Emily Hitchman is the Research Officer on the Anticipating the Future of War: AI, Automated Systems, and Resort-to-Force Decision Making project. Emily is a PhD scholar at the Strategic and Defence Studies Centre focussing on the history of the Glomar (‘neither confirm nor deny’) response in the national security context. She is also a 2023 Sir Roland Wilson Scholar, and has appeared on the National Security Podcast speaking about her research, and as a panellist at the 2022 Australian Crisis Simulation Summit speaking about the future of intelligence. Emily has worked professionally across the national security and criminal justice public policy space, including in law enforcement and cyber policy, and holds a Bachelor of Philosophy from The Australian National University.

This seminar series is part of a two-year (2023-2025) research project on Anticipating the Future of War: AI, Automated Systems, and Resort-to-Force Decision Making, generously funded by the Australian Department of Defence and led by Professor Toni Erskine from the Coral Bell School of Asia Pacific Affairs.


If you require accessibility accommodations or a visitor Personal Emergency Evacuation Plan please contact bell.marketing@anu.edu.au.

Please join PhD candidate Ms Leituala Kuiniselani Tago-Elisara as she provides an update during her research journey.

Leituala Kuiniselani Tago-Elisara’s doctoral research re-examines the Boe Declaration and security in the Pacific. It explores the application of the conceptual framework, A Malu i Fale e Malu i Fafo, and an indigenous methodology embedded in Pacific philosophies and epistemologies. The seminar will explore how using indigenous framing can help to decolonise a regional security framework that is relevant, responsive and resonates with Pacific people. This seminar will also highlight the challenges and practicalities facing researchers when conducting security studies research in the Pacific region. This mid-term review seminar will include reflections upon fieldwork, ahead of the data analysis and thesis write-up processes. Using examples from Fiji, Kiribati and Samoa, some key lessons and observations will be shared that may be of benefit to other scholars and researchers.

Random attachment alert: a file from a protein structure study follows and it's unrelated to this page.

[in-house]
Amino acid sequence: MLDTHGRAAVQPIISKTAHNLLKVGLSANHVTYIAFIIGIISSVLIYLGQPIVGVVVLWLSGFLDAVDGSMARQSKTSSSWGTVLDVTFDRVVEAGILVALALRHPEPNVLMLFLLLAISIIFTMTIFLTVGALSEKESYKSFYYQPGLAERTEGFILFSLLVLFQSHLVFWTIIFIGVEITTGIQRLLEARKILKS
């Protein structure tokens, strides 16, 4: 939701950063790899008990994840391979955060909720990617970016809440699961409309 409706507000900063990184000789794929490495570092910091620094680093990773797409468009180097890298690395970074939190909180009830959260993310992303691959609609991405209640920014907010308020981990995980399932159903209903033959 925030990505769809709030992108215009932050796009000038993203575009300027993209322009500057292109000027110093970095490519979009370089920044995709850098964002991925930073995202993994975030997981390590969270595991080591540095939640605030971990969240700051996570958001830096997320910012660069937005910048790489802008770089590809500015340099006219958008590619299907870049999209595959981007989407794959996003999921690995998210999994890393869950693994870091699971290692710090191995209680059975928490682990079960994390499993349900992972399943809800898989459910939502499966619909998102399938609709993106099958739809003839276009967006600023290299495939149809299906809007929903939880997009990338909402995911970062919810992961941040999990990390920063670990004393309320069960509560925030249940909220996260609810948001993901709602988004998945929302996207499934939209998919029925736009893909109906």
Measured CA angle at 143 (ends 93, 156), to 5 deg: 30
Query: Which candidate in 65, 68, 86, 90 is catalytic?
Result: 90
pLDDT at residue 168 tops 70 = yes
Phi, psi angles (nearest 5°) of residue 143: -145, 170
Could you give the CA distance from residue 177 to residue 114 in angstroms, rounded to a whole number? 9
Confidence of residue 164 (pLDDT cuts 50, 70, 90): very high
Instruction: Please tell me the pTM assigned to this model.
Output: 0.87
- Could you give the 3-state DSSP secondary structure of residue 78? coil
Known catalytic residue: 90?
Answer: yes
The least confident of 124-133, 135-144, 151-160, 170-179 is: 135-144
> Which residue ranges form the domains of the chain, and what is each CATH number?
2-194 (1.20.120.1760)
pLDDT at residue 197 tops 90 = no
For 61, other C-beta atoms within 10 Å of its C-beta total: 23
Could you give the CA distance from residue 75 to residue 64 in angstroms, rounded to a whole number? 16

Event Speakers

Ms Leituala Kuiniselani Tago-Elisara
PhD Scholar

Leituala Kuiniselani Toelupe Tago commenced her PhD with DPA in 2020. She is a regional public servant with extensive leadership experience in the Pacific region.

Please join PhD candidate Athaulla Rasheed as he presents his pre-submission seminar.

Please note that this is a hybrid event. For online attendance please sign up to obtain the Zoom link. Access link will be delivered via email upon registration.

This research investigates Small Island Developing States’ (SIDS) discursive formation of national and foreign policy on climate change as a security concern. It recognises SIDS have played an important role in promoting comprehensive approaches to climate security at the UN Security Council debates. While the Security Council has stayed away from fully securitising climate change, this thesis presents a conceptual/methodological framework to explain the domestic construction of climate security by SIDS, based on the experiences of Maldives and Samoa.

In this final seminar, Athaulla Rasheed will argue that SIDS’ advocacy for broader meanings of security is important for the Security Council’s climate debates or securitising climate at the international level. In adopting a constructivist approach to international relations and security studies, this research identifies, analyses, and explains the discourses and identities constitutive of policy narratives that have shaped the climate threat identification and problem-solving approaches adopted in Maldives and Samoa. The Maldives and Samoa’s cases asserted that SIDS become important stakeholders in developing intersubjective narratives to incorporate more holistic and comprehensive aspects of problem-solving into the international peace and security discourse concerning climate change.

Event Speakers

Athaulla Rasheed
PhD Scholar

Athaulla Rasheed is originally from Maldives.

PLEASE NOTE: This is a hybrid event and will take place in-person as well as on Zoom.